Bhagavad Gita- the universal text
When doubts haunt me, when disappointment stares me in the face and when I see not one ray of light on the horizon, I turn to the Bhagavad Gita and find a verse to comfort me and I immediately begin to smile in the midst of overwhelming sorrow.
When doubts haunt me, when disappointment stares me in the face and when I see not one ray of light on the horizon, I turn to the Bhagavad Gita and find a verse to comfort me and I immediately begin to smile in the midst of overwhelming sorrow. My life has been full of external tragedies and if they had not left any visible scars and indelible effect on me, I owe it to the teachings of Bhagavad Gita" Mahatma Gandhi's words stemmed from his life's experience.
The battlefield of Mahabharata where the great text was revealed by the' Jagadguru' (universal guru) Krishna to disciple /relative Arjuna who could not muster the courage to fight his own people was seen by Gandhi as an allegory representing the battle between good and evil going on within every individual. Ironically Gandhi's own introduction to the Gita was in England and through two English brothers who gave him the English version of the Gita by Sir Edwin Arnold. The book got him captivated for life and he took to reading it every single day in the original Sanskrit language in later years.
The fount of wisdom, the text which is 5,120 years old is truly the sacred song with deep philosophy, spirituality and divinity embodied in it, inspiring people like Thoreau, Aldous Huxley, Einstein, Oppenheimer and Emerson among others. The three great Acharayas of India Shankara, Ramanuja and Madhava interpreted the Gita to advocate their stand of monism, qualified dualism and dualism respectively. In modern times Lokamanya Tilak opined that action (karmayoga) was the real message while Gandhi believed that action without expectation of fruit (anasaktiyoga) was the quintessence of this great work that defines the "Way of life".
Shankaracharya in particular says at the beginning of his commentary that Bhagavad Gita is the epitomised essence of all Vedic Knowledge and this is the reason why scholars all over the world are drawn to it. The fundamental philosophy of the Gita is applicable to all climes and times, all countries, religions and creeds." It is a narrow view to think of Gita as a religious text. It is the deepest and the most secret wisdom applicable to all mankind" says Swami VidyaPrakashananda in his book titled "Gita Makaranda" (the nectar of Gita). So how does the study of Bhagavad Gita provide answers to all problems that human beings are confronted with?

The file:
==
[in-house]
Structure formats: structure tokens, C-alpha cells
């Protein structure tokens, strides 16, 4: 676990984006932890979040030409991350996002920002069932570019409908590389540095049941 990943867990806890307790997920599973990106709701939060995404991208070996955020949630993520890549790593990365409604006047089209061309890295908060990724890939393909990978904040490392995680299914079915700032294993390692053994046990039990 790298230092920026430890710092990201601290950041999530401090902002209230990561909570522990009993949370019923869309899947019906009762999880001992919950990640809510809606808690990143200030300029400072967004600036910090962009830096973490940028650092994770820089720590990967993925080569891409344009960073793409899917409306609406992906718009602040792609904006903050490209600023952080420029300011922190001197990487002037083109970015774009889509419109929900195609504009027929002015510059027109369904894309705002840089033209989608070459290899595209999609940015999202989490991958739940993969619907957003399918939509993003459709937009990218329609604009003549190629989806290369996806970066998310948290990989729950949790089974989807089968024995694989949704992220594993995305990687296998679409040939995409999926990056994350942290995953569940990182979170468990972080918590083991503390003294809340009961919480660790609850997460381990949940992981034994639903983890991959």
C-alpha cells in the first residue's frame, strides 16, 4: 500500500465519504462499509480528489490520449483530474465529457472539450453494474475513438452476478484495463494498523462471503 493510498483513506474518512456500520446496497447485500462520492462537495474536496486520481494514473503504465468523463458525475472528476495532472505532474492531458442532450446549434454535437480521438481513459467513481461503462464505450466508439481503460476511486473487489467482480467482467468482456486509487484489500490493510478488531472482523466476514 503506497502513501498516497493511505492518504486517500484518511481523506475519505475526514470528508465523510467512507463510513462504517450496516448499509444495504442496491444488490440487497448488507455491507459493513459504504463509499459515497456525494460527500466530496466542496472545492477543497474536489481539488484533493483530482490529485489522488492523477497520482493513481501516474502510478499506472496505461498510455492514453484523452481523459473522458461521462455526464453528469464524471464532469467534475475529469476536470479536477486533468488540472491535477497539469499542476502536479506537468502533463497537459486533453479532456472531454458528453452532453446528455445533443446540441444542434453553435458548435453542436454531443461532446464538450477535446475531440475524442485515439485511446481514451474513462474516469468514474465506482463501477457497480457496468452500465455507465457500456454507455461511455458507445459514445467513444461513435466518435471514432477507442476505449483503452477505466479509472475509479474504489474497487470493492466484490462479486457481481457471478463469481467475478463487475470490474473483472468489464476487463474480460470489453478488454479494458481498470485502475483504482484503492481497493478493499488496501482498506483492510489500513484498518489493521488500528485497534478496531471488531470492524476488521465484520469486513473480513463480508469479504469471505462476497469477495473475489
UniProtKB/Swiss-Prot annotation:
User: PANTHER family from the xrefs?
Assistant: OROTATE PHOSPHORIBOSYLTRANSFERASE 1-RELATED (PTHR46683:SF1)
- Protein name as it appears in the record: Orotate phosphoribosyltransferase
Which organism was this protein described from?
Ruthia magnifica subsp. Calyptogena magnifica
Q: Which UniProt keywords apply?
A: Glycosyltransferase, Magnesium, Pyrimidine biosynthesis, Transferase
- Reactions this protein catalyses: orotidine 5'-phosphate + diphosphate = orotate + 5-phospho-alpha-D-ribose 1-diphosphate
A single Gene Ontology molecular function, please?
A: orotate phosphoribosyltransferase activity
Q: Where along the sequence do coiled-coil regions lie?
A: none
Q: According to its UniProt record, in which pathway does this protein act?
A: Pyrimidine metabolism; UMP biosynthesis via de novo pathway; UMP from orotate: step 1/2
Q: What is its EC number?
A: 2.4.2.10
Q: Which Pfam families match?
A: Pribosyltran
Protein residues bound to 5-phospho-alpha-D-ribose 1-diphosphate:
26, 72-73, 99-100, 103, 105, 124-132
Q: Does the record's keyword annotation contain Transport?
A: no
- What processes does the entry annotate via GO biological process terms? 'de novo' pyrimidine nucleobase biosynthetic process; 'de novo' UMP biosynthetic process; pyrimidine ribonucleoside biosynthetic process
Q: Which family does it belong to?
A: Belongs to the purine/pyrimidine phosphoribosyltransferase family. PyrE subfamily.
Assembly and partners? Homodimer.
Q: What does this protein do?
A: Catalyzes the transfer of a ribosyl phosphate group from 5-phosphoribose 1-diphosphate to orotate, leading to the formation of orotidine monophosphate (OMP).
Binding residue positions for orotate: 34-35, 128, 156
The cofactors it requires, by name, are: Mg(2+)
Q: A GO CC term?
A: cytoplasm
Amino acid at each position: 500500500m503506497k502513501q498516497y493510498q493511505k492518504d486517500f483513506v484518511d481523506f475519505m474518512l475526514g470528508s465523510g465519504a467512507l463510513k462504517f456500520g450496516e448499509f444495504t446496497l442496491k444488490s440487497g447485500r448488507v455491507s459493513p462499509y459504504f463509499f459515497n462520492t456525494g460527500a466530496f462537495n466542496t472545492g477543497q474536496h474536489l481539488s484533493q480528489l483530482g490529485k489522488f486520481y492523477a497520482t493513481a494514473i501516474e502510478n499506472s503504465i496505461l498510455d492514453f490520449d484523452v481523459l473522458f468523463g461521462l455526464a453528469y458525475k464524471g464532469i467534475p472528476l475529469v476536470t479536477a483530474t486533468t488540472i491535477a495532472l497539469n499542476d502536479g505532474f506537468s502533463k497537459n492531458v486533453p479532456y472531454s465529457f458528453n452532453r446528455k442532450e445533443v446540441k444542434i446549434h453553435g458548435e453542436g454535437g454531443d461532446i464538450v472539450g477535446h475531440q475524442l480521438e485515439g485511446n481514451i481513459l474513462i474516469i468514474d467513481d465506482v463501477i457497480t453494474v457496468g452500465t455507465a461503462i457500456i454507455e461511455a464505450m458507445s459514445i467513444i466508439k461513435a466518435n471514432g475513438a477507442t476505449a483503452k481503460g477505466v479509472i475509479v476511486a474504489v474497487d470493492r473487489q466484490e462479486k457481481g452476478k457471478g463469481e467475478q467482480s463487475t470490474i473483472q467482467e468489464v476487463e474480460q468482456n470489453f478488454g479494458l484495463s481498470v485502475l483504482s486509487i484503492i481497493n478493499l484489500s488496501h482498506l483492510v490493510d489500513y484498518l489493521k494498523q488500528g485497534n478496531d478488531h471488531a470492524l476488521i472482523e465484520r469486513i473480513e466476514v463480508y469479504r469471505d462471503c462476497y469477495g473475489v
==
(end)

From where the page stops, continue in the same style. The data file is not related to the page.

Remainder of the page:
"Show me any inspiring quotation from any source and I will show you how it is originates from the BhagavadGita. It is a book of do's and don'ts- a practical guide to lead a life rooted in dharma, the best book on personality development and a practicing text that has to be applied in every life situation'' says L.V. Gangadhar Sastry, eminent playback singer, music director and Founder –President of the BhagavadGita Foundation committed to spreading the knowledge of Gita as a dynamic life enhancing guide. Stating that this text is not for those opting for retirement as is commonly perceived, he says it is most relevant to youth and has to be taught from the school level so that it can be put to use in the journey of life. When it is pointed out that there are sections who vehemently oppose such proposals he says this is done by those who have not understood the Gita or made an attempt to do so.
The very first chapter of BhagavadGita called the "Arjuna Vishada Yoga' in verse 21 talks about observation and goal setting where one decides on what to do and how after weighing the pros and cons in any situation. The verse "Senayor ubhayor madhye ratham stahapayame'acyuta" refers to Arjuna asking Krishna to place his chariot between the two armies so that he could assess the strength of his opponents and decide with whom he should fight the battle first. It is the practice of a first rate warrior to know and observe the positions and postures of enemies with whom he has to fight. Applied practically this is an exercise in careful observation, planning and goal setting, which is a pre-requisite for action and most essential for success says Gangadhar Sastry.